NEW YORK -- Wall Street pulled back Monday as investors tried to extend six weeks of blue chip gains but were stymied by war concerns and a tepid Wal-Mart outlook.
"What we're seeing is some skittishness from investors in the near term about the prospects of war with Iraq," said Kevin Caron, market strategist at Ryan, Beck & Co. "But I caution that we've already discounted a great deal of anxiety in the market."
"We're beginning a recovery process, and we think we've got significant room to move off these levels. I wouldn't be terribly concerned" about some moderate declines, he said.
By late afternoon, the Dow Jones industrial average was down 67.13, or 0.8 percent, at 8,511.96, following a 0.5 percent gain last week. Earlier in the day, blue chip stocks rose as much as 57 points.
The broader market was also lower. The Nasdaq composite index fell 5.79, or 0.4 percent, to 1,405.35. The Standard & Poor's 500 index dropped 7.20, or 0.8 percent, to 902.63.
Wal-Mart fell $1.60 to $53.89 after the retailer said it expected November sales to fall at the low end of its estimates.
Analysts say investors have been upbeat following October's big rally and have faith in a strengthening economic recovery, leading to six straight weeks of Dow advances, the longest weekly winning streak in 3 1/2 years.
Indeed, stocks got a big boost last week on stronger-than-expected retail sales and consumer sentiment, raising hope of continued consumer spending, which accounts for about two-thirds of the nation's economic activity.
"I think what the market feared as far as retail sales going into the holiday is not going to happen," said Scott Wren, equity strategist for A.G. Edwards & Sons. "People are still going to be out there spending money. I think that's one reason why we've been able to hang onto to these levels in the Dow."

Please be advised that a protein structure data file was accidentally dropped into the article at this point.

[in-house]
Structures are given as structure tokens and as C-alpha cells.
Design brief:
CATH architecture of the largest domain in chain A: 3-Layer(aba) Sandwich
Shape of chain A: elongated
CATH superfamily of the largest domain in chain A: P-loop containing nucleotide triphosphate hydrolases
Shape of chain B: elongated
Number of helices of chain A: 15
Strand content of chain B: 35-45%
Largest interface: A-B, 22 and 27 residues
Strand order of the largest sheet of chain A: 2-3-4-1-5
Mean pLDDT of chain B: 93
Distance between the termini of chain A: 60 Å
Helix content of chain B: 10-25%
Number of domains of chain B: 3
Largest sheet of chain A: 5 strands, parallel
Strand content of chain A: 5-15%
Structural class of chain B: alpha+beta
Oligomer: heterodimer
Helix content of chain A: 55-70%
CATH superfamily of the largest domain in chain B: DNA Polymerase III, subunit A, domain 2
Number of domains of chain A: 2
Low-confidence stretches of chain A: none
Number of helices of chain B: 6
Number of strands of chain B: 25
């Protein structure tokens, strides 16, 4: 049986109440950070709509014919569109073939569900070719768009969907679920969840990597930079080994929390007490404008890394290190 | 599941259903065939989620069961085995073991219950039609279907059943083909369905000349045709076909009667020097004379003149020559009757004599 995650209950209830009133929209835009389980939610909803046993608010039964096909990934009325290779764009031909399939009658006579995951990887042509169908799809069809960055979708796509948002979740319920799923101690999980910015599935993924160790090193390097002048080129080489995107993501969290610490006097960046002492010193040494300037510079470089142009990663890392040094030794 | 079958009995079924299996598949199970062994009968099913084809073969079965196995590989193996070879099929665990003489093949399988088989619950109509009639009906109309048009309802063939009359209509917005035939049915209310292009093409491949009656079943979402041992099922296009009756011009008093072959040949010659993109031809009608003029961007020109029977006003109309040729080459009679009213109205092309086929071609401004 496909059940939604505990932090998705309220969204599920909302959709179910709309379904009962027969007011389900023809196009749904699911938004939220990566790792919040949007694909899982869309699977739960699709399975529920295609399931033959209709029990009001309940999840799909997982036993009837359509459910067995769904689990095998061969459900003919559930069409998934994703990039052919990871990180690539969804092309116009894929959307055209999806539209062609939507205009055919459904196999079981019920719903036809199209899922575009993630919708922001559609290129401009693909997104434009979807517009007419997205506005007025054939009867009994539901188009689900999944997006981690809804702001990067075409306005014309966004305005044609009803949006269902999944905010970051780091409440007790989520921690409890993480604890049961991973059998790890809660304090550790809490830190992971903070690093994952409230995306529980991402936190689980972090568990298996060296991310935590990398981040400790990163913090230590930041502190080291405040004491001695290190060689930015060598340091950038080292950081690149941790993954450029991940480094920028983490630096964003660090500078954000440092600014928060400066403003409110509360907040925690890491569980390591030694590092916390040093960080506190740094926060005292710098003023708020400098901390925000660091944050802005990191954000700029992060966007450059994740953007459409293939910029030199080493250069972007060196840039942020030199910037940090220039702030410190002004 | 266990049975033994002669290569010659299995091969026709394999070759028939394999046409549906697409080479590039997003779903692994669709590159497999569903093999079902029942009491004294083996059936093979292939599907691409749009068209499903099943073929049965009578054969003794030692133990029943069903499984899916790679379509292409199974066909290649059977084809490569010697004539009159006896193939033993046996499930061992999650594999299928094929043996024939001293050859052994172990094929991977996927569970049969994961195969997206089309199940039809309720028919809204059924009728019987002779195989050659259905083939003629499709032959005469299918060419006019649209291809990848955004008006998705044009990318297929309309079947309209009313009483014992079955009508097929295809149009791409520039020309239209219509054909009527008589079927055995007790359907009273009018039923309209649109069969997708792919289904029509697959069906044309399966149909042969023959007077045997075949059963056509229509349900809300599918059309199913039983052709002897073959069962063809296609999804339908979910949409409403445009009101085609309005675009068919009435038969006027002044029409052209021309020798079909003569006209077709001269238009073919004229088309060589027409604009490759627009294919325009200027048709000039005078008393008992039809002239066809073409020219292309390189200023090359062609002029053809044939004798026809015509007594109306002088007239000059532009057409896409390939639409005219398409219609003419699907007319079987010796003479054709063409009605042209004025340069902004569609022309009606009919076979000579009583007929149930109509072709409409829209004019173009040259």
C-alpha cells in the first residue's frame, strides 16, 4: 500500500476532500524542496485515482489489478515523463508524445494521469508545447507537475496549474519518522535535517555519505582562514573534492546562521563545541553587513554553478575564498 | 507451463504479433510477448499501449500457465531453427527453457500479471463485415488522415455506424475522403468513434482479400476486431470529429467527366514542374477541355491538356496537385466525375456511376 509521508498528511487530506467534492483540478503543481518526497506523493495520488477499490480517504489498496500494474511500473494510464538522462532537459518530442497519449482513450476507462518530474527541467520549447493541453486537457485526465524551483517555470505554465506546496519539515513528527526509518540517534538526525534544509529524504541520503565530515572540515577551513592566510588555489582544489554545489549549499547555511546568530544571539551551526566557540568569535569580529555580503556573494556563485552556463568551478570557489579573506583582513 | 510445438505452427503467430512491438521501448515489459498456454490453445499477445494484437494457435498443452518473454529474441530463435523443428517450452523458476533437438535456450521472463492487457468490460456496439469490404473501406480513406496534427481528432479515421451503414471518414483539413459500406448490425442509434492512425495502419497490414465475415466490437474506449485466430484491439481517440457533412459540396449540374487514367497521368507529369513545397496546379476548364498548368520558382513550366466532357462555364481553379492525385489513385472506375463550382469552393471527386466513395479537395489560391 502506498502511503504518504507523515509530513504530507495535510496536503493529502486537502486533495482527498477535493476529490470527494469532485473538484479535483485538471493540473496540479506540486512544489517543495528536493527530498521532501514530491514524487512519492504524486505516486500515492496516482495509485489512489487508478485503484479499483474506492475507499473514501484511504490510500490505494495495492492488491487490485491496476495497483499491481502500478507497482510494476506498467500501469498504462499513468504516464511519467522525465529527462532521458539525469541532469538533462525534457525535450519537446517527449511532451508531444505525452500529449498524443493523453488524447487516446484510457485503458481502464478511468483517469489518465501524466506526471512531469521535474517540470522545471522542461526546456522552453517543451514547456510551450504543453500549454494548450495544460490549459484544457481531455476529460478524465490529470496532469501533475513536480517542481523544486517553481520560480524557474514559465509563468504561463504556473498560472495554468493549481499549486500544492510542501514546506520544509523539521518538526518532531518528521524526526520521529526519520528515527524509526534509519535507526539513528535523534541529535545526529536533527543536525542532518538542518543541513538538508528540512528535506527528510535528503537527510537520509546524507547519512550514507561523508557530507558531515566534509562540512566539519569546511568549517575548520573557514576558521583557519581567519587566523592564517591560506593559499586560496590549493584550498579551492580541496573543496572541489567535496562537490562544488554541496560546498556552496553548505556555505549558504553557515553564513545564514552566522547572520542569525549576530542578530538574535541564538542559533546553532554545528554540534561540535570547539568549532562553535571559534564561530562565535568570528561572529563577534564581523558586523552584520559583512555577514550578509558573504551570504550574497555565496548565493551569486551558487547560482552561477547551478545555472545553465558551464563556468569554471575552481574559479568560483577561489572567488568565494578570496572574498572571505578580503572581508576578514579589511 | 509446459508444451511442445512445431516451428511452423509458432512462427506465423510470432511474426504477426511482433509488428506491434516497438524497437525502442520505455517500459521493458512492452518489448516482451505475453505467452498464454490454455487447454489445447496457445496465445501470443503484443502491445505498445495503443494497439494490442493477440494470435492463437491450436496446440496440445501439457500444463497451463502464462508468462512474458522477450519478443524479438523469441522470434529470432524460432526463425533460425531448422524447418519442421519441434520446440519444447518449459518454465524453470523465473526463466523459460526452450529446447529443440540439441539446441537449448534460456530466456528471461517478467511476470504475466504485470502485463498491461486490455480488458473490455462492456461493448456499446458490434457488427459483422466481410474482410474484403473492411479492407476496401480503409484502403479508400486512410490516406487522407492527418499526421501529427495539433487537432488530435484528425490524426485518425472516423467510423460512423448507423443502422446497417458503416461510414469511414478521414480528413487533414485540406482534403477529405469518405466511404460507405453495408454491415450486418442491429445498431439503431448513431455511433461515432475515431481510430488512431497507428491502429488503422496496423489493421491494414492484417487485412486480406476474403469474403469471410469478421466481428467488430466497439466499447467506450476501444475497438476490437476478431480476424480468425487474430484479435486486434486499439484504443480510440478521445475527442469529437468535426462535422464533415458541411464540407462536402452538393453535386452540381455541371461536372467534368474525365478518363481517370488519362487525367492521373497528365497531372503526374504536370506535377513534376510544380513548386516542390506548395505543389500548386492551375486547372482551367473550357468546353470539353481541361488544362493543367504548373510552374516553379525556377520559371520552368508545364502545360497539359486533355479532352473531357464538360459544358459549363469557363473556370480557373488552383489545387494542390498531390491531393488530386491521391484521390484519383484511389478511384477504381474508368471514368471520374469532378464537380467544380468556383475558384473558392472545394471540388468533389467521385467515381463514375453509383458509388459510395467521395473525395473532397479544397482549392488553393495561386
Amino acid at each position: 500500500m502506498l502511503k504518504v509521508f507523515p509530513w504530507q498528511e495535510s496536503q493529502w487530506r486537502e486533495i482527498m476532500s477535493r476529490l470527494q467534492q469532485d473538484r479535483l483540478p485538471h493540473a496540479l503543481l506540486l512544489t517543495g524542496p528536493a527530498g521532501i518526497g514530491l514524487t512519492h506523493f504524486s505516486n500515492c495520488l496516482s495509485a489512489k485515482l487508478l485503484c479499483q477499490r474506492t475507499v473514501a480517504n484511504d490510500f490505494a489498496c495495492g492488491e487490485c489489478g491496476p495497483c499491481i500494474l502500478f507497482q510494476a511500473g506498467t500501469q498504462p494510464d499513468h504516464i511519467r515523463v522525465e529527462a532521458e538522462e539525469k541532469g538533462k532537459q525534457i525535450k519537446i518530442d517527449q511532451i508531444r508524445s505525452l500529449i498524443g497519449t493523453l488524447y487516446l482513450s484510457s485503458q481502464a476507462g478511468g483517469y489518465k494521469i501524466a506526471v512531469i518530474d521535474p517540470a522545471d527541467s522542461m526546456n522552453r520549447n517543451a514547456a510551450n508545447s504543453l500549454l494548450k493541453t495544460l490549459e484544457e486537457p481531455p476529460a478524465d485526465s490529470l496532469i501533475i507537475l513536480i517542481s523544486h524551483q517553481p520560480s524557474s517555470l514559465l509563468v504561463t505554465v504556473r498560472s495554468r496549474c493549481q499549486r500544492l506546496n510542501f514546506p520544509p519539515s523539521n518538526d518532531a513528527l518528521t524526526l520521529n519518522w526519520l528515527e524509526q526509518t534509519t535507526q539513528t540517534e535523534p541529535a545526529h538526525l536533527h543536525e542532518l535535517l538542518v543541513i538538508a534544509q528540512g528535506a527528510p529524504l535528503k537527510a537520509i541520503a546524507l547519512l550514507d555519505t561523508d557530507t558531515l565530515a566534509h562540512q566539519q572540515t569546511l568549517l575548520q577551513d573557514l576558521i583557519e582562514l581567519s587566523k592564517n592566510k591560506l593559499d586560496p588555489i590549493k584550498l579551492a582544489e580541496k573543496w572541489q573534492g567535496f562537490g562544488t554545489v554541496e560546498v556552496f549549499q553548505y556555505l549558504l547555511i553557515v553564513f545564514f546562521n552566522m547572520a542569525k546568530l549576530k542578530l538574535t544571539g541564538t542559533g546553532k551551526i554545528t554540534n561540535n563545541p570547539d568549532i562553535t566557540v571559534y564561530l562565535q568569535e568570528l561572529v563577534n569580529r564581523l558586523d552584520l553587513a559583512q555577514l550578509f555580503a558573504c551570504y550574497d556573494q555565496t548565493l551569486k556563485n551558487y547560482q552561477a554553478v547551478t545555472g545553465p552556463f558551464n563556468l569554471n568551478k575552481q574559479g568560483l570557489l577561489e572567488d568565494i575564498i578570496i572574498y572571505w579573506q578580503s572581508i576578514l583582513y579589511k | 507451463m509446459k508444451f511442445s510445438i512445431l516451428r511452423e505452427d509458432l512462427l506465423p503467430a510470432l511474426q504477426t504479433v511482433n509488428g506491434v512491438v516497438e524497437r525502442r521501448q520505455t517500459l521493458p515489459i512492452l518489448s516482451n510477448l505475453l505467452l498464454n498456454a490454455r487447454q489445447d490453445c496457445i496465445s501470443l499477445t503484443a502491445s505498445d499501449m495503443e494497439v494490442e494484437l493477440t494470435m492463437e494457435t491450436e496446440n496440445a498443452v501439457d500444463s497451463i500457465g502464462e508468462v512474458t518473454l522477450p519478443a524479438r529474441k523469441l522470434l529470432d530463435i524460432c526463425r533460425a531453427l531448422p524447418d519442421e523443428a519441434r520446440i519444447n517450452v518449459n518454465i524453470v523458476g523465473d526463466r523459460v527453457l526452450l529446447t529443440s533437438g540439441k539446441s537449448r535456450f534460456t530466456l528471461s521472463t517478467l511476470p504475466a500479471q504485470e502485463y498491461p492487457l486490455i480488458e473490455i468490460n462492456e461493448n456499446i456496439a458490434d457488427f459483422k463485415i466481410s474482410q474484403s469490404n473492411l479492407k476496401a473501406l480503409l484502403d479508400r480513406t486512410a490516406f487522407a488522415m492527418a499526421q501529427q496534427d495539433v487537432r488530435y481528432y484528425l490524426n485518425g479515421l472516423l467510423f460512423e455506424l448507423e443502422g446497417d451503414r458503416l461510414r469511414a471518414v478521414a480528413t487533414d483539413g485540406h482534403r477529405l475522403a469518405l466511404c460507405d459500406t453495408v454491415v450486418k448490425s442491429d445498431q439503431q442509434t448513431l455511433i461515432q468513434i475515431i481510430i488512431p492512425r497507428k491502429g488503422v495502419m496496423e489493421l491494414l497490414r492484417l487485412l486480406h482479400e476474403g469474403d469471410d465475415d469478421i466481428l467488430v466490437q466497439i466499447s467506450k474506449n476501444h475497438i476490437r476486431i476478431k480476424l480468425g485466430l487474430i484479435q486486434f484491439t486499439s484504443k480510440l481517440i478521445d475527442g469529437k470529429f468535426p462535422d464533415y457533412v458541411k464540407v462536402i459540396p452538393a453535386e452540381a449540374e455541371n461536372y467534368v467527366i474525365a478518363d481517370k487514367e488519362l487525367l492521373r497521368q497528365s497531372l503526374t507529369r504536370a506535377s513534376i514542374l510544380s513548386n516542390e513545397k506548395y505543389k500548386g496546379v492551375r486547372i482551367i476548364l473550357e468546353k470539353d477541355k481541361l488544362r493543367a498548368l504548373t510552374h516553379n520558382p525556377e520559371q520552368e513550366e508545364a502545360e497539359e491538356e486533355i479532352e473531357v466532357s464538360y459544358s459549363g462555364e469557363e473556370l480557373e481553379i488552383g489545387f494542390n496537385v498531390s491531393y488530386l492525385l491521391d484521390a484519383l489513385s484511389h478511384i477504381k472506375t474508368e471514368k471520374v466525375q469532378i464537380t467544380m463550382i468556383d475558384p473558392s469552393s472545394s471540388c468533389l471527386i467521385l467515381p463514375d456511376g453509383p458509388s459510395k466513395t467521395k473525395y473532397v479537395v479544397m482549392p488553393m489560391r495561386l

But analysts caution that terrorism concerns and a war with Iraq continue to weigh on investors' minds, likely limiting gains in the coming weeks, particularly now that the better-than-expected earnings reports are largely complete.
U.N. inspectors met with Iraqi officials Monday as they prepared to search for weapons of mass destruction, a mission that could determine if there is war. Investors also are nervous after the FBI warned last week that al-Qaida would likely attempt a "spectacular" attack.
"It's never going to be a straight line, but I think we have moved from a position of decidedly negative activity in the market where you generally saw falling stock prices," Caron said. "You've now turned the corner, where you're seeing more positive weeks than negative weeks."
AT&T dropped 73 cents to $13.13 after Lehman Brothers cut the company's stock rating to "underweight" from "equal weight."
Lowe's declined $1.70 to $40.80 after the home improvement retailer despite reporting third-quarter earnings that beat analysts' expectations by 3 cents.
Gainers included UAL, which jumped 52 cents to $3.47, after the parent of United Airlines said it expected to cut 9,000 more jobs as part of a restructuring to return to profitability.
Bristol-Myers rose 33 cents to $24.38 after the pharmaceutical company said it received Food and Drug Administration approval to market its schizophrenia drug in the United States.
Declining issues outnumbered advancers 7 to 6 on the New York Stock Exchange. Volume was light at 962.66 million shares, compared with 1.05 billion traded at the same point Friday.
The Russell 2000 index, a barometer of smaller company stocks, rose 1.44, or 0.4 percent, to 384.48.
Overseas, Japan's Nikkei stock average finished 1.9 percent lower. In Europe, Germany's DAX index was up 0.8 percent, France's CAC-40 gained 1.5 percent, and Britain's FTSE 100 rose 0.6 percent.
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